A split within the radical green movement was inevitable

Ever since Monty Python created their internecine, bickering and ridiculous groups of freedom fighters – the People’s Front of Judea and the Judean People’s Front – for their 1979 film The Life of Brian, it’s always been easy and tempting to mock and deride the fissiparous nature of ideologues and tin-pot revolutionaries. Those who believe in the purity of a cause tend to have a semi-religious mindset – and consequently one semi-divorced from reality – which brooks no heresy from orthodoxy. Thus extreme, quasi-cult movements are always prone to split into factions. And so it goes with the radical green movement, which at its worst excesses does resemble a bizarre cult: witness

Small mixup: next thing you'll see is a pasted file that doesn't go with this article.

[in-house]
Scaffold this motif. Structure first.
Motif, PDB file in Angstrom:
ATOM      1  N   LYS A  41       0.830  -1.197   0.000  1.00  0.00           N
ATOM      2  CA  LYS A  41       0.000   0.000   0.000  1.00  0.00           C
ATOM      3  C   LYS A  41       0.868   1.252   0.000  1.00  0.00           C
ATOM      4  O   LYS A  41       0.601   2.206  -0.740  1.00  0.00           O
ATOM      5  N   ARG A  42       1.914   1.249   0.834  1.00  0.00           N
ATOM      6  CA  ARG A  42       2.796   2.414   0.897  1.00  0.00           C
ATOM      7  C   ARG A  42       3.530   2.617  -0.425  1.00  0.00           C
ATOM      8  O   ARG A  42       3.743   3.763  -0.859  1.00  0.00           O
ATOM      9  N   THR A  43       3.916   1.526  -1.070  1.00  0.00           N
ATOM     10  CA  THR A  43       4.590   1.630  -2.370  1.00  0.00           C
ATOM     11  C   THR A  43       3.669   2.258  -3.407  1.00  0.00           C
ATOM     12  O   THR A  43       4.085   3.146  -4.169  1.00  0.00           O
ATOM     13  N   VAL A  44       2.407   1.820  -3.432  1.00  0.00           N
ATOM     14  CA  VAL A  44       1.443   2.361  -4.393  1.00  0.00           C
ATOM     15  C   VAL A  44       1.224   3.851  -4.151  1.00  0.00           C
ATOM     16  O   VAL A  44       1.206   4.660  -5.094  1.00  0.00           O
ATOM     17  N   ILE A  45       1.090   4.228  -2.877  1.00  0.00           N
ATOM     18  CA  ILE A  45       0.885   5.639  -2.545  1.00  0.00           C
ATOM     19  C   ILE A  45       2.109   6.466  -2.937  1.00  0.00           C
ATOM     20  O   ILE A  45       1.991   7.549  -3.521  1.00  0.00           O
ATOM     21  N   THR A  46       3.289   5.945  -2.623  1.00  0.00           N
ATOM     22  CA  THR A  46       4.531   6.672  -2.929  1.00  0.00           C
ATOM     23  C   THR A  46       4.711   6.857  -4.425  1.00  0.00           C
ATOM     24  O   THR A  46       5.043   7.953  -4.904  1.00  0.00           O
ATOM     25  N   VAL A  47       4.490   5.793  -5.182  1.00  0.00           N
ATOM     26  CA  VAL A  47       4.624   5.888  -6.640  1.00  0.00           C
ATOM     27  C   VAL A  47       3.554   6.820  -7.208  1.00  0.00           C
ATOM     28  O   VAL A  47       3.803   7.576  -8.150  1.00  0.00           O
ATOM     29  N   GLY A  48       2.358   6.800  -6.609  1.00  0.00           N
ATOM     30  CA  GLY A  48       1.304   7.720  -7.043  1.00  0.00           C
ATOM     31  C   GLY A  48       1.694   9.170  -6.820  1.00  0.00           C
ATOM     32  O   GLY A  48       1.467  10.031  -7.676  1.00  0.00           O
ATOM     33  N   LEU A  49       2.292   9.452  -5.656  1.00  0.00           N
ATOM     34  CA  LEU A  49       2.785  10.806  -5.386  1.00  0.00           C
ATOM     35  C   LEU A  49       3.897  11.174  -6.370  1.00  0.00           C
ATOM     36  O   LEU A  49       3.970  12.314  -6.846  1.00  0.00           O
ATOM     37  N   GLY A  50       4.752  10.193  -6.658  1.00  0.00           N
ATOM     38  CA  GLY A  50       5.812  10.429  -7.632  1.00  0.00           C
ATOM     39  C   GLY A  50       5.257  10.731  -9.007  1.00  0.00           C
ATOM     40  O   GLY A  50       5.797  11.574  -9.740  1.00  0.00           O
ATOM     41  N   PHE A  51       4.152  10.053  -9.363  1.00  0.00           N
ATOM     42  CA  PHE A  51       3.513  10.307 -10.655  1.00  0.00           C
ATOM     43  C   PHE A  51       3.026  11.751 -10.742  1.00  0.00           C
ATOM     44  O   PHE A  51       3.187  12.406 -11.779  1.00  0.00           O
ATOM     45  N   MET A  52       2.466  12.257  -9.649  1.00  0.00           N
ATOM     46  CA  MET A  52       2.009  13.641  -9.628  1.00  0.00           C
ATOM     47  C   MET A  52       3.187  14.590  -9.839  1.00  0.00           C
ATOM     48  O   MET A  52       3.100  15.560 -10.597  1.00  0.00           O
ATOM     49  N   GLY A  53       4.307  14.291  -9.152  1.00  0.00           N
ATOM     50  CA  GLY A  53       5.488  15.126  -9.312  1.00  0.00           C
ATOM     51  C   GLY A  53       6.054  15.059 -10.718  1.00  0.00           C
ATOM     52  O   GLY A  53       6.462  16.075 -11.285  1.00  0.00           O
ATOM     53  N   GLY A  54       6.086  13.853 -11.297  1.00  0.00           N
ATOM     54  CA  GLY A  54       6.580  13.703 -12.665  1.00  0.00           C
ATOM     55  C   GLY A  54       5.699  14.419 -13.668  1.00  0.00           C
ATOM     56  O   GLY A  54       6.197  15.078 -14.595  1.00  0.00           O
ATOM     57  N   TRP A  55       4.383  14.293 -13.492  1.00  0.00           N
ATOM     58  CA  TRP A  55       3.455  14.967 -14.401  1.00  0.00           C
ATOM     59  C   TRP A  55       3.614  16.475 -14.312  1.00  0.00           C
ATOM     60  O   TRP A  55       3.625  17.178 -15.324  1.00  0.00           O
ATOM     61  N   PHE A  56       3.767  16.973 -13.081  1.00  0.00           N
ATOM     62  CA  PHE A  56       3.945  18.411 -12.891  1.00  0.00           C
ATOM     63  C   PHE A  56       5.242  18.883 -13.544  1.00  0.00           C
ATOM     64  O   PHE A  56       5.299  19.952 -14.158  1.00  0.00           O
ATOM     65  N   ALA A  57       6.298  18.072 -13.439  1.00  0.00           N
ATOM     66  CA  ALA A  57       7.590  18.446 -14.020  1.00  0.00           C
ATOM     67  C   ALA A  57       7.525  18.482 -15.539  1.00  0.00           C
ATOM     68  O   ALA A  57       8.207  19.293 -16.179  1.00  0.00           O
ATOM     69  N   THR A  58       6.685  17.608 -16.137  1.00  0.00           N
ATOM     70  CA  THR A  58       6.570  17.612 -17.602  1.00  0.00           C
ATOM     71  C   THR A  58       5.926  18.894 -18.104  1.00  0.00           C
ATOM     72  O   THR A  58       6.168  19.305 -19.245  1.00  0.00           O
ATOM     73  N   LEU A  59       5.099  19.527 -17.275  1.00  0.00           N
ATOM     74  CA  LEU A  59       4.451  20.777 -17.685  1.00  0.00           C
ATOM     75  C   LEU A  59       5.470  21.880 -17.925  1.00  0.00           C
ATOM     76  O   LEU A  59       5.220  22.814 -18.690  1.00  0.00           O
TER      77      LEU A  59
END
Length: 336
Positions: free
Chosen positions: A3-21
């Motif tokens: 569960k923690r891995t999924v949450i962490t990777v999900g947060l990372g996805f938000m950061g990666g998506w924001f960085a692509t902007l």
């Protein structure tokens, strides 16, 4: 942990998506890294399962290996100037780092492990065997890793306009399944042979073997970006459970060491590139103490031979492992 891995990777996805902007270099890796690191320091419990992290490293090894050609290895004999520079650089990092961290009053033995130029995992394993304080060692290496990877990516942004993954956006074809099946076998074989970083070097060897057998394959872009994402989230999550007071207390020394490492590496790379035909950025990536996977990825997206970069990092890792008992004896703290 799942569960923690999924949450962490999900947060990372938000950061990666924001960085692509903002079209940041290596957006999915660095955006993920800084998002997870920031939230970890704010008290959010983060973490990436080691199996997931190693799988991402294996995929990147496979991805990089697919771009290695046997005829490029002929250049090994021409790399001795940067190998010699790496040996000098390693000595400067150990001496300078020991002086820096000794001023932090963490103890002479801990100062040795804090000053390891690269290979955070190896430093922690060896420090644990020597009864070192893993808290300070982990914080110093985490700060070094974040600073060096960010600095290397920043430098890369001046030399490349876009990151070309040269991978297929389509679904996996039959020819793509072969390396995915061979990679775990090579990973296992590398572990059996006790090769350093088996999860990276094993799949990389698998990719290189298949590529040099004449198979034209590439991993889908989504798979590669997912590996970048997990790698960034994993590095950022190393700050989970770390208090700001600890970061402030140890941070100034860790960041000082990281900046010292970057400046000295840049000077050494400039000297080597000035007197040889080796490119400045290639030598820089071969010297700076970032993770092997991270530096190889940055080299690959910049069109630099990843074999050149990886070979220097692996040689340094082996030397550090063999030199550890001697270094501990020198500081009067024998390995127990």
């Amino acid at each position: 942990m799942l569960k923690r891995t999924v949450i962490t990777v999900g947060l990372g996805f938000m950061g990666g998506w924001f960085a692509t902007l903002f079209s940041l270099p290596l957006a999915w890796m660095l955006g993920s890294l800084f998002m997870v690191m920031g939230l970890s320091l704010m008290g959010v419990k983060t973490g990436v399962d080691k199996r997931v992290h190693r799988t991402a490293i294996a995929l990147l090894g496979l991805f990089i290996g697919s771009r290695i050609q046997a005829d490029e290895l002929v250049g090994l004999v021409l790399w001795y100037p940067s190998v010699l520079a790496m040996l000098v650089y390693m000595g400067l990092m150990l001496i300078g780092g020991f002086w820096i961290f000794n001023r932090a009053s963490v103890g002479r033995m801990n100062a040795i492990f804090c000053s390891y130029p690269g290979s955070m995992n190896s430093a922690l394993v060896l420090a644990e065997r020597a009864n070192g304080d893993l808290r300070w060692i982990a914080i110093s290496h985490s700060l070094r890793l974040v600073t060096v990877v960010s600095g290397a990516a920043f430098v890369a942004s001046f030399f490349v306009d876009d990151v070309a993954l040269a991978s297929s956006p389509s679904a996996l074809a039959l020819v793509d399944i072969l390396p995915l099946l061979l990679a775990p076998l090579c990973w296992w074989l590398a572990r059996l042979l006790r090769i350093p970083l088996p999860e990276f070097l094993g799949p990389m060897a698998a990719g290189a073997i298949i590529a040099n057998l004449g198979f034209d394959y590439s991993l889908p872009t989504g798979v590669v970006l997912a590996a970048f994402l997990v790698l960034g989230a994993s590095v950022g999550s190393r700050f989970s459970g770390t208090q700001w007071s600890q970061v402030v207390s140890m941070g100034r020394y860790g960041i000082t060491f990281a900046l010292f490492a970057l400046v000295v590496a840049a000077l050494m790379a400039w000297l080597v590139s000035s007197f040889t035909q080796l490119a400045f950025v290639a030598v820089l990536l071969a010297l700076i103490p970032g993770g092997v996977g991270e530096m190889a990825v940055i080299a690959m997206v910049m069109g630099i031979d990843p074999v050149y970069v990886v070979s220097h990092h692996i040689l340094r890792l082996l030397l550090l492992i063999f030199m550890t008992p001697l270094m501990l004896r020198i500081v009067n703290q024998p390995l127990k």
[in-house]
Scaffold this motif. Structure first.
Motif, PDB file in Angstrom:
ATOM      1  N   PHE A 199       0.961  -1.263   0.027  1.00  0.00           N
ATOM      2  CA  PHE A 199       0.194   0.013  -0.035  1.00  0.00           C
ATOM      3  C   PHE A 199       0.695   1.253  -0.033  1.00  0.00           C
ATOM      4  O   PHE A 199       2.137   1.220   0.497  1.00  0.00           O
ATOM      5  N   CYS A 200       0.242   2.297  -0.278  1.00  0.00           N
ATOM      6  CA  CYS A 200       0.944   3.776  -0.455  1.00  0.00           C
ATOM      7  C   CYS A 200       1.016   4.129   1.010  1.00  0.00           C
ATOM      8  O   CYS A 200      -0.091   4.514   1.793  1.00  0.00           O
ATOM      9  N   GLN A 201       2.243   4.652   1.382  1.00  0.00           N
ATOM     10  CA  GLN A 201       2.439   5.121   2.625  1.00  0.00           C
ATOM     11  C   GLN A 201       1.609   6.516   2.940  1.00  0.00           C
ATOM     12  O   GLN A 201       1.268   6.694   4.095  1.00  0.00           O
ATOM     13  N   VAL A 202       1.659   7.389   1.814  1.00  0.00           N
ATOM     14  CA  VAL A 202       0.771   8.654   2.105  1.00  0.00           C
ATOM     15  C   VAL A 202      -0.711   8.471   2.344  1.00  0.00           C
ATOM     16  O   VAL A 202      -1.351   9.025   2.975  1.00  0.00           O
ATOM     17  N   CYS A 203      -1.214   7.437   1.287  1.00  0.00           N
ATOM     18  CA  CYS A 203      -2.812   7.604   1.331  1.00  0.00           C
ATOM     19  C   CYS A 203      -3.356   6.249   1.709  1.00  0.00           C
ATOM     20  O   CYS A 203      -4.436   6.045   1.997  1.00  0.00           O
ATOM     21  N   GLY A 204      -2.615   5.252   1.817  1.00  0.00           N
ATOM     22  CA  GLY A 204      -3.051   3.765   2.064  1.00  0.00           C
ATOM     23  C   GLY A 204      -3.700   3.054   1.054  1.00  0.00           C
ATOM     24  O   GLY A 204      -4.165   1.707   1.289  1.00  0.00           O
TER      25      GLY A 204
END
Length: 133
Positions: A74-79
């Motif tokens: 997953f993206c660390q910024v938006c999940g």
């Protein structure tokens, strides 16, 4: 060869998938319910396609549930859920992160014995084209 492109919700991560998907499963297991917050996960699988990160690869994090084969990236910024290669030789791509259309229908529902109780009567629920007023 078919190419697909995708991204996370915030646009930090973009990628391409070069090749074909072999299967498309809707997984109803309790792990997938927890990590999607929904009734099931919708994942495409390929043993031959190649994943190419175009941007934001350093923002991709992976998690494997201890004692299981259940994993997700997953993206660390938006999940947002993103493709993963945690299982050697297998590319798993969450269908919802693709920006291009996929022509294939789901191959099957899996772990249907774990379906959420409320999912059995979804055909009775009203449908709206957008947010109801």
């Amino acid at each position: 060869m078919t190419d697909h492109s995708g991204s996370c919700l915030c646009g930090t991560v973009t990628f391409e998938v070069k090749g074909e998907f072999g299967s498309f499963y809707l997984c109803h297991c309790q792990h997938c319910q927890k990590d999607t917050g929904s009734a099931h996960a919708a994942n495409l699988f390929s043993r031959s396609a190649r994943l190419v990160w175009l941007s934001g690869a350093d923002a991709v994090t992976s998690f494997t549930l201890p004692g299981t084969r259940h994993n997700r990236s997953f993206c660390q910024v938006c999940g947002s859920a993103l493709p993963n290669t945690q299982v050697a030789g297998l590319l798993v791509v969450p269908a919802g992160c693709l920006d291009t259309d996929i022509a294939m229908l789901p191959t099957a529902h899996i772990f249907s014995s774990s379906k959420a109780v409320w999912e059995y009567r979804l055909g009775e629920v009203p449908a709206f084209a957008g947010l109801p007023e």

The real damage caused by eco-protestors

A pair of Just Stop Oil activists walked into the National Gallery this morning and threw tomato soup over Van Gogh’s Sunflowers. ‘What is worth more? Art or life?’, one of the demonstrators yelled as she glued herself to the wall. This isn’t the first time a work of art has been targeted by environmentalists. In July, eco-protesters glued themselves to the frame of Constable’s painting The Hay Wain and covered it with an altered version of their own, doing minor damage in the process. A few days before, eco-protesters rushed onto the track at Silverstone. Eco-protesters also glued themselves to a Turner painting in Manchester. In June, eco-protesters…  you get the idea. For all